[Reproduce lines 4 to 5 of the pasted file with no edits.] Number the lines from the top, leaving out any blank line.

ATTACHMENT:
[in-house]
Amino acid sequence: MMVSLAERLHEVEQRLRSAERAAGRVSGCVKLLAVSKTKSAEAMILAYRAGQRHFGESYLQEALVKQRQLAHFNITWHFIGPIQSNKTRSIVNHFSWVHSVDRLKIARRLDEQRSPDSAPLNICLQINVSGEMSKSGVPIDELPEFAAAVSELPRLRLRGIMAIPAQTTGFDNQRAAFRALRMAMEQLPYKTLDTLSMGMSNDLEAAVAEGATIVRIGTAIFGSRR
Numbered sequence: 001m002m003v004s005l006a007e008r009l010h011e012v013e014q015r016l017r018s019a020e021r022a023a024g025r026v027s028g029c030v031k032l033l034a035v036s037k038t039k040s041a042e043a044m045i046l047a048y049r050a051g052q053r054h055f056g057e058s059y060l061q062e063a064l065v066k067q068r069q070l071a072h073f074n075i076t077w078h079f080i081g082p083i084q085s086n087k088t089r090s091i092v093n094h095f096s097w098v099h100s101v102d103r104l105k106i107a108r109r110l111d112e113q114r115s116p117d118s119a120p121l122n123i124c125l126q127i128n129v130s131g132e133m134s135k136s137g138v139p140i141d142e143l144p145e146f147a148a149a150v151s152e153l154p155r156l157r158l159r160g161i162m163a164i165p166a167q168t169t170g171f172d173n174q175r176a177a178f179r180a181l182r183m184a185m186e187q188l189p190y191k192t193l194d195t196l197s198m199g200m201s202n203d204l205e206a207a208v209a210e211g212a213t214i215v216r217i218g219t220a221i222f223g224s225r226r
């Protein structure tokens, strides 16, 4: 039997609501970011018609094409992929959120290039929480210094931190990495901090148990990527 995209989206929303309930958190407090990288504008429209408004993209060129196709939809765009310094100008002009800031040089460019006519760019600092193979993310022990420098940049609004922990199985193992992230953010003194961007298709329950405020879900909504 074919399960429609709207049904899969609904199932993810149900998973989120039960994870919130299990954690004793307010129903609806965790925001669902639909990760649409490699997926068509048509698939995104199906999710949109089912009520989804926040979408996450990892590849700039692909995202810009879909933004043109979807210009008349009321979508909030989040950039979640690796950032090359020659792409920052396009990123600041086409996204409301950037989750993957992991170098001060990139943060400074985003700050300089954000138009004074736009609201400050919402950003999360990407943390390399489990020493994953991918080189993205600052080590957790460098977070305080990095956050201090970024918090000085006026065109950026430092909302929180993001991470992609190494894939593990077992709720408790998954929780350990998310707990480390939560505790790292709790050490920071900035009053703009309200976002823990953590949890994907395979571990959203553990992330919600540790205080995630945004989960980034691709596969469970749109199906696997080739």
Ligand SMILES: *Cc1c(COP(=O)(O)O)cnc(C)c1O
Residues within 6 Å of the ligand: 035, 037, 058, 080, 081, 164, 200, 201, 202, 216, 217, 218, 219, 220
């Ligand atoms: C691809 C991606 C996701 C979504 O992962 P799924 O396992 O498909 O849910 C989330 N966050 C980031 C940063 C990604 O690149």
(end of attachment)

């Protein structure tokens, strides 16, 4: 039997609501970011018609094409992929959120290039929480210094931190990495901090148990990527 995209989206929303309930958190407090990288504008429209408004993209060129196709939809765009310094100008002009800031040089460019006519760019600092193979993310022990420098940049609004922990199985193992992230953010003194961007298709329950405020879900909504 074919399960429609709207049904899969609904199932993810149900998973989120039960994870919130299990954690004793307010129903609806965790925001669902639909990760649409490699997926068509048509698939995104199906999710949109089912009520989804926040979408996450990892590849700039692909995202810009879909933004043109979807210009008349009321979508909030989040950039979640690796950032090359020659792409920052396009990123600041086409996204409301950037989750993957992991170098001060990139943060400074985003700050300089954000138009004074736009609201400050919402950003999360990407943390390399489990020493994953991918080189993205600052080590957790460098977070305080990095956050201090970024918090000085006026065109950026430092909302929180993001991470992609190494894939593990077992709720408790998954929780350990998310707990480390939560505790790292709790050490920071900035009053703009309200976002823990953590949890994907395979571990959203553990992330919600540790205080995630945004989960980034691709596969469970749109199906696997080739």
Ligand SMILES: *Cc1c(COP(=O)(O)O)cnc(C)c1O